Molar Mass Determination of Gelatins Using GPC/SEC


The Application Notebook

The Application NotebookThe Application Notebook-07-02-2012
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Issue 0

PSS Application Note

Gelatin is a polypeptide produced from hydrolysis of collagens in skin and bones. It is obtained from acidic or from basic hydrolysis and contains poly amino acids. Gelatin is used in the food and beverage industry and in the pharmaceutical industry as a stabilizer for tablets and for many other applications.

Sample Preparation

The isoelectric point of the basic produced gelatin is between 4.7 and 5.2; the acidic produced gelatin has an isoelectrical point of 7.5 to 9.3. Basic produced gelatin can be easily measured using standard conditions (see PSS Application notes 10271 and 10272). Gelatin with an isoelectric point between 7 and 9 must be measured using low pH values or at pH-values > 9 (not recommended) in order to achieve sufficient solubility.

The following experimental conditions can be applied to gelatins independent of their isoelectric point and the hydrolysis process.

However, exact sample preparation following a strict protocol is a crucial step for the GPC/SEC analysis of gelatins.

Figure 1: Overlay of 3 different gelatins from Carl Roth Chemicals, Karlsruhe, Germany.


GPC/SEC analysis was performed on a PSS SECcurity GPC System comprising:

  • an isocratic pump

  • an autosampler with variable injection volume

  • a DAD detector operated at a fixed wavelength 214 nm +/- 4 nm

The analysis conditions were:

Columns: PSS PROTEEMA, 5µm, 1000 Å, 300 Å, 100 Å (8 × 300 mm each) + precolumn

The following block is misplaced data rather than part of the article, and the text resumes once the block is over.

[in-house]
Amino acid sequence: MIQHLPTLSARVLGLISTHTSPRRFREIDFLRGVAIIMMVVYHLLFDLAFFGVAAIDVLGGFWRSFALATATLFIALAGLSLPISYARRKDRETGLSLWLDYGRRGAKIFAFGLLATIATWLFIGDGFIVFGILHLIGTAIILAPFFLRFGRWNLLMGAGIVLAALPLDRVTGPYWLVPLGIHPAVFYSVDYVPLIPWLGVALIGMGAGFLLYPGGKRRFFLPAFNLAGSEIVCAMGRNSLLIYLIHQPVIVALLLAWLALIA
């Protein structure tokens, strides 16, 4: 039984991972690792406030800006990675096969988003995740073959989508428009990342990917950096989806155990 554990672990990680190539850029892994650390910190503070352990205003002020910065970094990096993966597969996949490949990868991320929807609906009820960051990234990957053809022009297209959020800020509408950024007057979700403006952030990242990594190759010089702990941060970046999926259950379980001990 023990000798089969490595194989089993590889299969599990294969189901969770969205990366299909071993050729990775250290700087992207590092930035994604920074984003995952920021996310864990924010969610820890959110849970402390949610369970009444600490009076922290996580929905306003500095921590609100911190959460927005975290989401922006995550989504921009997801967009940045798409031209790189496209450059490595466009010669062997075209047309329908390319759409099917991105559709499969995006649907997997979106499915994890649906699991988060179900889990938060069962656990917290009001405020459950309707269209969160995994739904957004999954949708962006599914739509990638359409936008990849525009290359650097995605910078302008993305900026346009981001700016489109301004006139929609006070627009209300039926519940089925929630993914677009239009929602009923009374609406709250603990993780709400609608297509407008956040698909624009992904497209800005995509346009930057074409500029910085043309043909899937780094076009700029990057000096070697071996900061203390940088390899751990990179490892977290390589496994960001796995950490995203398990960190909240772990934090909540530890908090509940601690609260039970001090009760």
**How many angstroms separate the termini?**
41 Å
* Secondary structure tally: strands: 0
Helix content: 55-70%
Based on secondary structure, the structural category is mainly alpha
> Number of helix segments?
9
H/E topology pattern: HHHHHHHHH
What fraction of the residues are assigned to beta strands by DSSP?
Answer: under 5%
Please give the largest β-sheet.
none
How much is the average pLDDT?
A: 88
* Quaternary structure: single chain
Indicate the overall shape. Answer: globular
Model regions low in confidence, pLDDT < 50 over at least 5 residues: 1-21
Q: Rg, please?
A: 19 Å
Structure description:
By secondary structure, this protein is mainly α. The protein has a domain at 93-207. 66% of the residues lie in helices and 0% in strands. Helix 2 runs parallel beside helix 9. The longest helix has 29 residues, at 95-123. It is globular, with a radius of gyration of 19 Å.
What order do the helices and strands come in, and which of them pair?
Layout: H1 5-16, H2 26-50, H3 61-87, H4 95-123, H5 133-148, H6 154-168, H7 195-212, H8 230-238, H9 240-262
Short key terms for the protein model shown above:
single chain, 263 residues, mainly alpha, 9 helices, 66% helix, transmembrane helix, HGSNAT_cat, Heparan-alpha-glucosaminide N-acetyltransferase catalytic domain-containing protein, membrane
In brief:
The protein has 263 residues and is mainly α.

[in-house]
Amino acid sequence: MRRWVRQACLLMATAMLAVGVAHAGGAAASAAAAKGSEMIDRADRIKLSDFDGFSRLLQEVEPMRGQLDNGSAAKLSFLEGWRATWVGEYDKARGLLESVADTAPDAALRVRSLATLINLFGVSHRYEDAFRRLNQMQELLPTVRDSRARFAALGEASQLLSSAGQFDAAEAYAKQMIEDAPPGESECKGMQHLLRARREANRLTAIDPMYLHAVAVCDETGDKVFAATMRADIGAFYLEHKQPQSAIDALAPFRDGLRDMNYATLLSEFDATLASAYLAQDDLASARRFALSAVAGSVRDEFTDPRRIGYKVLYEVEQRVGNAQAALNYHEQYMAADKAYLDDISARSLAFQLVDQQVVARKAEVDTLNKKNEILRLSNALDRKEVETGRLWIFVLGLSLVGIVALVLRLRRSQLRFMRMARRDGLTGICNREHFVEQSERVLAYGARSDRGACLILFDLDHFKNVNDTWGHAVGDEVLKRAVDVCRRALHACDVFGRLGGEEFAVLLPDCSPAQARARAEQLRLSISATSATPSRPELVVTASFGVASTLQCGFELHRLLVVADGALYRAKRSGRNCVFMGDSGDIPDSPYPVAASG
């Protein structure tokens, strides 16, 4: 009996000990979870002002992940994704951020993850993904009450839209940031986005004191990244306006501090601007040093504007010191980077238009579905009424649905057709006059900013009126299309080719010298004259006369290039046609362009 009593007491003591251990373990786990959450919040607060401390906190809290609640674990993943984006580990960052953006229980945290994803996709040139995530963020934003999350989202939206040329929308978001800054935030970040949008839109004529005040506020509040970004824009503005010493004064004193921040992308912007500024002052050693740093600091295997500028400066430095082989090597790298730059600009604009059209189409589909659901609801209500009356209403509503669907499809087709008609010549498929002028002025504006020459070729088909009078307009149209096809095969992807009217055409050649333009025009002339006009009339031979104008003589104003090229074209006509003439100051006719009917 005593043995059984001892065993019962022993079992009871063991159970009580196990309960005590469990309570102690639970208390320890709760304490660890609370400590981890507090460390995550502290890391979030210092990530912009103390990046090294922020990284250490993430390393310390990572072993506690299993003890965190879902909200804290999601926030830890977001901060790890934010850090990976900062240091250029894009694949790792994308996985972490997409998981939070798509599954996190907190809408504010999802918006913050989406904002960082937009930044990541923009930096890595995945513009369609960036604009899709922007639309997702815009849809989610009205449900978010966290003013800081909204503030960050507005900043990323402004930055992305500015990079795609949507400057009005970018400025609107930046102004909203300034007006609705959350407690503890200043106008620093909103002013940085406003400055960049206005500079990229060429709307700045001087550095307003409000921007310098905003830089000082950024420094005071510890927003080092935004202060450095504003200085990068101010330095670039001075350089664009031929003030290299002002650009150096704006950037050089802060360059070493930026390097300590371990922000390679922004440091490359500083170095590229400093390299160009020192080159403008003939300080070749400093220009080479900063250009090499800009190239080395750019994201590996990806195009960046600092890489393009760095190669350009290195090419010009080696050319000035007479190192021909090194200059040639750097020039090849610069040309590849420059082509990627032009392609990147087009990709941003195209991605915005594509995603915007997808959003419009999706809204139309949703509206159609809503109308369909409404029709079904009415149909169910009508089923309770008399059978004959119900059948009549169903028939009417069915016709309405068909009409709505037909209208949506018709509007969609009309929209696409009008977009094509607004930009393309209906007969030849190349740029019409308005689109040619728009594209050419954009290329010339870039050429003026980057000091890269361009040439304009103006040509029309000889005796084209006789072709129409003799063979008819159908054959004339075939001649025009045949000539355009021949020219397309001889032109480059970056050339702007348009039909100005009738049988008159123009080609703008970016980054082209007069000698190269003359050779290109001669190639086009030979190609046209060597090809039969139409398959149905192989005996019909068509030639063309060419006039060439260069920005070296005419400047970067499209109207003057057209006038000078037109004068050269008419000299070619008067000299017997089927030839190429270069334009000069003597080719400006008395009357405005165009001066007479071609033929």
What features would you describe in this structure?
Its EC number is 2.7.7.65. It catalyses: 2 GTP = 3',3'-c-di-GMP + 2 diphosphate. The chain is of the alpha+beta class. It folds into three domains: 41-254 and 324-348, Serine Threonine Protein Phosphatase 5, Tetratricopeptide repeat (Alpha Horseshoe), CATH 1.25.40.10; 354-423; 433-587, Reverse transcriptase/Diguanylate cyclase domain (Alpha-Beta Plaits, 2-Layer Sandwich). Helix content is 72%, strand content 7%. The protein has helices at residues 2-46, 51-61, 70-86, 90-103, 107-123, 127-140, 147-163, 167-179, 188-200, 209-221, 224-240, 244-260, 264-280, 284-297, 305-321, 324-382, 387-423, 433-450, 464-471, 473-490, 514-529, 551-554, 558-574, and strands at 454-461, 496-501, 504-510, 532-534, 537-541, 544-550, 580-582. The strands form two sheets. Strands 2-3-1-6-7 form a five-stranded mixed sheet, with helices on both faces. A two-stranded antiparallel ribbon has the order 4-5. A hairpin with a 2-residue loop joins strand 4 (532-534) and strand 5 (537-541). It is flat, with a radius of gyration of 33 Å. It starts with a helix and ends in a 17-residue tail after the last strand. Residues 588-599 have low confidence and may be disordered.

Solvent: Phosphate buffer pH 5.5 (acidic gelatin) to 6.6 (basic gelatin) + 0.2 M NaCl + 0.5% SDS

Flow-rate: 0.5 mL/min – 1 mL/min

Temperature: Room temperature

Calibration: PSS Pullulan kit, 10 standards: 342–710000 Da (alternative: PSS Poly(styrene sulfonate) sodium salt kit, 10 standards: 100–1000000 Da)

Concentration: 2 g/L

Inject volume: 100µL

Data acquisition, calibration and evaluation: PSS WinGPC UniChrom 8.0

Results and Conclusion

Figure 1 shows the measured molar mass distribution for three different gelatins. Reproducible and easy-to-use GPC/SEC analysis for all types of gelatins can be done using a SECcurity GPC system, PROTEEMA columns and a solvent with a pH of 5.5 for acidic and 6.6 for basic produced gelatin. Data analysis was done using WinGPC UniChrom.

Software solutions for advanced detection (e.g., triple detection), simultaneous molar mass analysis of up to 8 regions and 21CFR11 compliant analysis are also available.

PSS Polymer Standard Servive GmbH

In der Dalheimer Wiese 5, 55120 Mainz, Germany

tel. +49 6131 96239 0 fax +49 6131 96239 11

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